9. Addendum, in response to some of the comments above, it makes no difference whether the political goals of the terrorist are realistic or not. Their ability to engage in sustained political violence on behalf of their unrealistic goals is what makes them a serious threat, which serious people cannot fail to recognize.

    Among the the goals of terrorists, the destruction of the state of Israel stands out as a future historical possibility. The destruction of “capitalism” is not a possibility, neither is the Fanon-style extermination of white people, or the conversion of the entire world to Islam. These things might be theoretically possible, but only in the sense that Superman and the Justice League are theoretically possible.

    When terrorists have access to money, organization, and state sponsors, then the absurdity of their political ambition makes them more dangerous, not less, because it insures that their violence will be sustained and intractable.

  10. I agree with that. The point is, there is an actual goal (no matter how loony and impossible) as opposed to simply rage that requires some target as a justification. If you look at these cultural phenomenon, they are people who for whatever reason can’t fit in with societal norms or expectations, and need a way out that is culturally relevant. Sadly, in our culture that means pinning an a note on their chest explaining why some pillar of society is evil and killing a bunch of innocent people. Even the action is insane, because in no plausible way is it productive (even terrorists and nutters like Manson believe their actions are productive toward their goals). Mucking isn’t done to be productive, ‘rationale’ is part of the ritual.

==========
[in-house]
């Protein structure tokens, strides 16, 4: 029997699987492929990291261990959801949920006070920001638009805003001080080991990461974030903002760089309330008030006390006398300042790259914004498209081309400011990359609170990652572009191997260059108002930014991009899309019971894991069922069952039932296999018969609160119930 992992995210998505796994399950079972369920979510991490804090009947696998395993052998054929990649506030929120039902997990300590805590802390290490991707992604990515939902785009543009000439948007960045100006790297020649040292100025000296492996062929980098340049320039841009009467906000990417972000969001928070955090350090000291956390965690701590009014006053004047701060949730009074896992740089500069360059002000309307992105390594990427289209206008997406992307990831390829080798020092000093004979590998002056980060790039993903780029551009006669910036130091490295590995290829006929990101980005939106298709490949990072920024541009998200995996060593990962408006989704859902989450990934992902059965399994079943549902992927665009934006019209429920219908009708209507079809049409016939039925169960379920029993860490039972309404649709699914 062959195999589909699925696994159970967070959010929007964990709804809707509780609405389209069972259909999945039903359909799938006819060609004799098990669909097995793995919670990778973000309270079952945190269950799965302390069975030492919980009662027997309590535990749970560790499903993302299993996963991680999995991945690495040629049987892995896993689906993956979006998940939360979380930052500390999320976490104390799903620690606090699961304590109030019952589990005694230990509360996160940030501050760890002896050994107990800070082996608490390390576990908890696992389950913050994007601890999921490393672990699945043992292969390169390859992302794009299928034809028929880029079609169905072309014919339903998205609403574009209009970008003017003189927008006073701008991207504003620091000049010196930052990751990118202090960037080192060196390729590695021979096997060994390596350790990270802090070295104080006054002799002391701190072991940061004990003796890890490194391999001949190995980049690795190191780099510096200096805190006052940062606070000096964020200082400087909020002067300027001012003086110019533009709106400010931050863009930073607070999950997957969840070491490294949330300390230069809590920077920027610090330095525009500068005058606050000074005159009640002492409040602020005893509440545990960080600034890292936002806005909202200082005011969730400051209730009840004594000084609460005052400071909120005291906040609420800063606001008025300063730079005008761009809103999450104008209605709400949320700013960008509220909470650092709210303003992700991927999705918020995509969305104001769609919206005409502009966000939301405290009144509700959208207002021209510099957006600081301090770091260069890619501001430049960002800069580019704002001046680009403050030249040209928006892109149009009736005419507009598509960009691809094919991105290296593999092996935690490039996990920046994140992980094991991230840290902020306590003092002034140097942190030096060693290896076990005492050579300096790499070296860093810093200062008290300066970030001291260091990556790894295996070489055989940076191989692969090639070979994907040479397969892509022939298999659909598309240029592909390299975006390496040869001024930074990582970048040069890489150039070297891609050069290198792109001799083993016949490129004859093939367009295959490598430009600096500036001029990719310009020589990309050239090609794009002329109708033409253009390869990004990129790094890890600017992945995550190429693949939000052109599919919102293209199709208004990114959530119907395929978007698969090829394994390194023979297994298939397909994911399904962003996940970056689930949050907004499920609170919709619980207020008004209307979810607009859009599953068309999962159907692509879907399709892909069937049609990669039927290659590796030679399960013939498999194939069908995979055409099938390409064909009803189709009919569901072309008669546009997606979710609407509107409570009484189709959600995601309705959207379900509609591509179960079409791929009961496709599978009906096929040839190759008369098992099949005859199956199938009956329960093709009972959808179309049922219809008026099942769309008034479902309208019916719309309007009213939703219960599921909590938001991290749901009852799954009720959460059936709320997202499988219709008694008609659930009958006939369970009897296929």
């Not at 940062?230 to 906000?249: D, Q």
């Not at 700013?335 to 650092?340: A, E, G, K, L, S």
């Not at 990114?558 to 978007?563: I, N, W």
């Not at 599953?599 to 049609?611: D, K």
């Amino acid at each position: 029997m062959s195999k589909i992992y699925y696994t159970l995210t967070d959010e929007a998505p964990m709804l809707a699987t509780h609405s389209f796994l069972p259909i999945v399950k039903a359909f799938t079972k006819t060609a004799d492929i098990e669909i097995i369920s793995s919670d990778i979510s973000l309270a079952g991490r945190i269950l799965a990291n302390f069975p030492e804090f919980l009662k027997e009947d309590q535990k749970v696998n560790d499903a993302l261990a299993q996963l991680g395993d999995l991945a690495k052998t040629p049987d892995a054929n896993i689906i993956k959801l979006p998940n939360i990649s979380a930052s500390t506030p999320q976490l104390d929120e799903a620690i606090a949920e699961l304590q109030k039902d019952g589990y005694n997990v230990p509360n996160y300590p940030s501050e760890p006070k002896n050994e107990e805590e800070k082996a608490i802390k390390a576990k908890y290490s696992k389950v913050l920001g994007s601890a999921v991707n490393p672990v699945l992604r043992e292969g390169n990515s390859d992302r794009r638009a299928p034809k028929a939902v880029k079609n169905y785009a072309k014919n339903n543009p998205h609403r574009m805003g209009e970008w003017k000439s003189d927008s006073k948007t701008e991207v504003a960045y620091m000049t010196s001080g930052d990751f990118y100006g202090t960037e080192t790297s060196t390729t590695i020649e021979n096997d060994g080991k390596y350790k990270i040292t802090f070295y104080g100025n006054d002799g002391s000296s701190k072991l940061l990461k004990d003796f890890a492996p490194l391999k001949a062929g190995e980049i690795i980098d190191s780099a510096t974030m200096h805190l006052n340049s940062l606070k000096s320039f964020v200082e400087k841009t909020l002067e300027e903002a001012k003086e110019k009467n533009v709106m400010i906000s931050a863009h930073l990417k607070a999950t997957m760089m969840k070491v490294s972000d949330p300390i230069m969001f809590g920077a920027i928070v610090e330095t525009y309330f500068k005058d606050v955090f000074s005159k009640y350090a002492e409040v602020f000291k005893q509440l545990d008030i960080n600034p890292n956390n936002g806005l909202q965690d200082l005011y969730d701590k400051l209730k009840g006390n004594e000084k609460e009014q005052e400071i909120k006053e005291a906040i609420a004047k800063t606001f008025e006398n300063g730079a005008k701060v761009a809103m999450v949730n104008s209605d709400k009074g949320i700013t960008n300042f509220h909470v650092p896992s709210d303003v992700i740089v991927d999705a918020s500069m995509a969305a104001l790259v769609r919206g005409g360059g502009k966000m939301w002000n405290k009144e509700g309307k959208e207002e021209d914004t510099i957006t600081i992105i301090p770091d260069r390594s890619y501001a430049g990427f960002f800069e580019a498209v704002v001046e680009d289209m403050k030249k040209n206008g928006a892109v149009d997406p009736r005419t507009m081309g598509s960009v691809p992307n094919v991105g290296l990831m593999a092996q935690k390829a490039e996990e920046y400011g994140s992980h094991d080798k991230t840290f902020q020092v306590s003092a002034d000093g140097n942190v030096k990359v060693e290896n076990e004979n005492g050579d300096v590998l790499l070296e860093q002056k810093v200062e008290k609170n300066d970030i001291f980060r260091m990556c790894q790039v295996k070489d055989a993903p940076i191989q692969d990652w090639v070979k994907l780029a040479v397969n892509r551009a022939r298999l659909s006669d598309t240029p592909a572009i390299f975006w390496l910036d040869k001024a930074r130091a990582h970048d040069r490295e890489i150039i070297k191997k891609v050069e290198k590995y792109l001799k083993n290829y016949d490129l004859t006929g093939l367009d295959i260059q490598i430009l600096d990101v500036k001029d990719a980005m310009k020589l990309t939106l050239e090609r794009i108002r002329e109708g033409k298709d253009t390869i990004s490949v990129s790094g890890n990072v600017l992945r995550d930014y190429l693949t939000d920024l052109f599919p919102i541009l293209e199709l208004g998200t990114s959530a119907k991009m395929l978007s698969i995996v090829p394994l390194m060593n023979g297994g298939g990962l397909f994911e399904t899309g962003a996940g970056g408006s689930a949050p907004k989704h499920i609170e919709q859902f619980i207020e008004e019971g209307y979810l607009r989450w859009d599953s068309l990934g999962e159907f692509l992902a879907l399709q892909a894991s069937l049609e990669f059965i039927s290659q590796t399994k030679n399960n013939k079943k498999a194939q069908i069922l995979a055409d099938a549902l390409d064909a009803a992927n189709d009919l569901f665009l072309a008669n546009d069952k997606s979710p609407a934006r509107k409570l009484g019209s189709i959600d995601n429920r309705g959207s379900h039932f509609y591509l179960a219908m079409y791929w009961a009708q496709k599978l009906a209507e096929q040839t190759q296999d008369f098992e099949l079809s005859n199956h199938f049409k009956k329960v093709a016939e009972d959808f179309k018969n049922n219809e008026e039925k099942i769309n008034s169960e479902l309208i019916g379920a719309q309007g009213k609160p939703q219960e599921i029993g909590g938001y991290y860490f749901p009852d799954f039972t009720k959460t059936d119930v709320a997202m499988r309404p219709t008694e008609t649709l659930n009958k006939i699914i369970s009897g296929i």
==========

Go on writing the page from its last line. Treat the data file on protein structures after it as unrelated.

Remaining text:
11. _Their ability to engage in sustained political violence_

    I like the word “sustained” alot. If this guy, no matter how crazy his beliefs, was going to sustain this effort (especially in a larger group)

    Let’s face it, every suicider has a reason. The want us to know their reason, especially when it doesn’t make any sense. But once their deed is done, they do not have the ability to continue enacting terror. For example: If I worked in an IRS office today, I would not be nervous about airplane strikes.

    This was different than say, the anthrax, 9/11, london bombings & spainish bombings. Not just in scope, but the sense that additional attacks are just around the corner… that a group is plottting that can make multiple strikes anywhere at any time.